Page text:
Kids can’t catch

10 10 2007

Fat kids…The reported fitness levels of Japanese children have hit rock-bottom. Never before have Japanese children been fatter, more uncoordinated, or more unfit than they are now. That’s not to say that you’d walk into a Japanese school classroom and see a multitude of fat kids – the Japanese body-shape generally precludes that… but you will see quite a few chubby kids, far more than ever before. And loads of skinny kids who can barely catch a ball.

A survey by the Education, Science and Technology Ministry of physical strength and athletic ability was conducted on 74,000 people aged between 6 to 79. The survey focused primarily on the fitness levels of primary school students.

The survey discovered that whilst from 1987 to 1996, levels dropped sharply to hit new lows, but over the last ten years it has hit a plateau. That’s not cause for celebration, it’s seen as an indication that Japan’s kids have hit the bottom of the barrel: there is no lower.
In the tests, the Ministry discovered that running pace is about the same level it was 10 years ago – the slowest on record. The ability to throw a ball has declined steadily, then has leveled out over the last 10 years… again at a record low. Jumping skills have eroded, and many children cannot even perform basic skills. Physical co-ordination is at an all-time low.
A ministry official stated:
“Many children can’t run straight, while others get injured because they are too slow to duck out of the way of a ball…”
(and end up like this?)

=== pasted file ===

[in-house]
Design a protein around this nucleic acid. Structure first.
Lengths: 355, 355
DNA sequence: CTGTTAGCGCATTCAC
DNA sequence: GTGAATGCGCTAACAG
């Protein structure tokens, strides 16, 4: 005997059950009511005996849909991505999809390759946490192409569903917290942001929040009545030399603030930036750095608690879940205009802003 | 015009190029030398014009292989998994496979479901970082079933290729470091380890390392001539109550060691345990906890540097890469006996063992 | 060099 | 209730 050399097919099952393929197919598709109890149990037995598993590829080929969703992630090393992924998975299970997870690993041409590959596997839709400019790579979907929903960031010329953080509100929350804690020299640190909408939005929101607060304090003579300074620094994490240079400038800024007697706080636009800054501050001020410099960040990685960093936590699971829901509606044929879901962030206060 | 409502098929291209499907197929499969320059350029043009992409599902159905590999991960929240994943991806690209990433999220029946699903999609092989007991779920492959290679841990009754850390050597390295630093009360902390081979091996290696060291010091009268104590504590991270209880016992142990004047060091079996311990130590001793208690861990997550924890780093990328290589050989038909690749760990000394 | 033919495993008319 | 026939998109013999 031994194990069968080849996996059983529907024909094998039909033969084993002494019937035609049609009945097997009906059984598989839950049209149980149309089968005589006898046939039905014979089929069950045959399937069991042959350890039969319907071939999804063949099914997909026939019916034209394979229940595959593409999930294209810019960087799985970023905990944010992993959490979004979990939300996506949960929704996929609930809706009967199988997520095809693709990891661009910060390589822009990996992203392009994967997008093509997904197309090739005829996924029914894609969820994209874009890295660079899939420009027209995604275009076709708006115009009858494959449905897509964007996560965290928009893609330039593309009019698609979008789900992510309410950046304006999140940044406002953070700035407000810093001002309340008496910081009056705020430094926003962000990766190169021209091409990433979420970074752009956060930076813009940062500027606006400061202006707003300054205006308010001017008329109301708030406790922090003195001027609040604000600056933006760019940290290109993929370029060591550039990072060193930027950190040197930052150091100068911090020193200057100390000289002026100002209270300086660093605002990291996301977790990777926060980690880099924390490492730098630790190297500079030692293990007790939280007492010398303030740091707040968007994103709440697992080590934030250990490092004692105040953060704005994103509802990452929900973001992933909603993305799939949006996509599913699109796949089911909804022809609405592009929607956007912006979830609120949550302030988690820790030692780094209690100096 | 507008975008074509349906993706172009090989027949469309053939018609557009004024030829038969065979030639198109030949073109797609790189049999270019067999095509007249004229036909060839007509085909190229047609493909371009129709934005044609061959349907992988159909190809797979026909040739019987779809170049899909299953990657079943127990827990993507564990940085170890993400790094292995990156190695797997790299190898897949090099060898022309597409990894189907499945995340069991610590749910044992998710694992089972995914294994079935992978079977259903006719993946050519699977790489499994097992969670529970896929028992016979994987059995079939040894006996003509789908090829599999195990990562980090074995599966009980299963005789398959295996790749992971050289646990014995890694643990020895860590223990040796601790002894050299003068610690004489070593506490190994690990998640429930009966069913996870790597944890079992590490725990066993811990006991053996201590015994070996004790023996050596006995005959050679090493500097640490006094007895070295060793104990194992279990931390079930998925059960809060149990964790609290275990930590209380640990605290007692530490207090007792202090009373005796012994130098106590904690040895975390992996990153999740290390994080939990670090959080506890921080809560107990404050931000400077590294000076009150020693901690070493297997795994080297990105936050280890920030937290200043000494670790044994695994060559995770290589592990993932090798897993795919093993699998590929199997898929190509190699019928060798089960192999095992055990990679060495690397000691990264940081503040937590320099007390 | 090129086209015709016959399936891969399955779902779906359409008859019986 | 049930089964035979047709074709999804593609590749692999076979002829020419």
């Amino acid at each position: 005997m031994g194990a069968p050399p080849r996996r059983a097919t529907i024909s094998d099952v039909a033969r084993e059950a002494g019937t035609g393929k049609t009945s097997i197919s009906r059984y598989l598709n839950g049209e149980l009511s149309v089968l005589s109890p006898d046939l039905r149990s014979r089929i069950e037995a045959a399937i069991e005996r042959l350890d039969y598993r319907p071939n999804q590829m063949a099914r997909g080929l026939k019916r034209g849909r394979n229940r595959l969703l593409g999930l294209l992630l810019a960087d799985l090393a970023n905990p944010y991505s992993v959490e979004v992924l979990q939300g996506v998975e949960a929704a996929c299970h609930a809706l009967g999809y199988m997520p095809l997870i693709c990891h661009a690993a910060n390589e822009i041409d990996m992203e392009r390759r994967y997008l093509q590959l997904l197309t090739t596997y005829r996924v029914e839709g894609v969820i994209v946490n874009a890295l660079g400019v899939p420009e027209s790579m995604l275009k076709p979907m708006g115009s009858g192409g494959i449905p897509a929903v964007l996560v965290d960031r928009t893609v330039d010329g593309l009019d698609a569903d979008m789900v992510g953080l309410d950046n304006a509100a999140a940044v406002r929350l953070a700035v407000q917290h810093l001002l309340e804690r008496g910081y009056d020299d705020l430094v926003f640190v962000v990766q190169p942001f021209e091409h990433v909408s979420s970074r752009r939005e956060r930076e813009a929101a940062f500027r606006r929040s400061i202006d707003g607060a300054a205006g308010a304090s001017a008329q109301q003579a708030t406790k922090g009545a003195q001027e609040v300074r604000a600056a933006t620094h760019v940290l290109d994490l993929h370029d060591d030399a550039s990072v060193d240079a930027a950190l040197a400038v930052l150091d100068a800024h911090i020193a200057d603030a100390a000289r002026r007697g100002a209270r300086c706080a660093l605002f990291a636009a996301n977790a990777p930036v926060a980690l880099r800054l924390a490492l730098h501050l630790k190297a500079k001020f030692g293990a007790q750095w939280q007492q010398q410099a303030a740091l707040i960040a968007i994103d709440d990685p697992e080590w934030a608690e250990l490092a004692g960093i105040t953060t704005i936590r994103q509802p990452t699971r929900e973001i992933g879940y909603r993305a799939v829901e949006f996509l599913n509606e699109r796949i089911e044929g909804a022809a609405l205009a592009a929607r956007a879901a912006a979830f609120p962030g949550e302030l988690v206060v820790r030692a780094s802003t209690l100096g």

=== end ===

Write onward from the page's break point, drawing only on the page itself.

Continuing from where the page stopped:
Japanese ‘Print Club’ Without a doubt Japanese youths lead a pretty sedentary lifestyle. Video games have taken over as being the primary hobby for most Japanese kids. Children spend far longer in specialized study schools (Cram Schools) than ever before. Universities set extremely high standards, so to get into a good university, you have to go to a good high school. To get into a good high school, you have to go to a good junior high. To get into a good junior high, you have to go to a good elementary (primary) school… and – I kid you not – there is pressure on children to enroll in the right kindergarten.

My family will move early next year, so that my now 6 month old baby will be in the ‘right’ location to get into a ‘good’ kindergarten. That’s not going overboard in Japan, it’s just something that’s become a necessity if you’re able.
Nuts. And the pressure’s huge, so kids study, and study long hours. And cram schools provide extra tutelage that many parents crave. Note that: it’s not the kids doing this, it’s the parents making their kids do this.
Added to this, there are very few recreational leagues that kids can participate in outside of school teams.

So we’re left with a generation of kids who spend too much time with heads buried in books, and when they want to unwind, they plug in the Playstation (X-box isn’t so huge here). There are still ‘jocks’, but the average kid doesn’t play a helluva lot of sport, nor partakes in much physical activity.

The average Japanese father works too late to take much of an interest in his offspring’s sporting activities. Rest assured, that this is one father who’ll be making sure there’s always time to play some catch.

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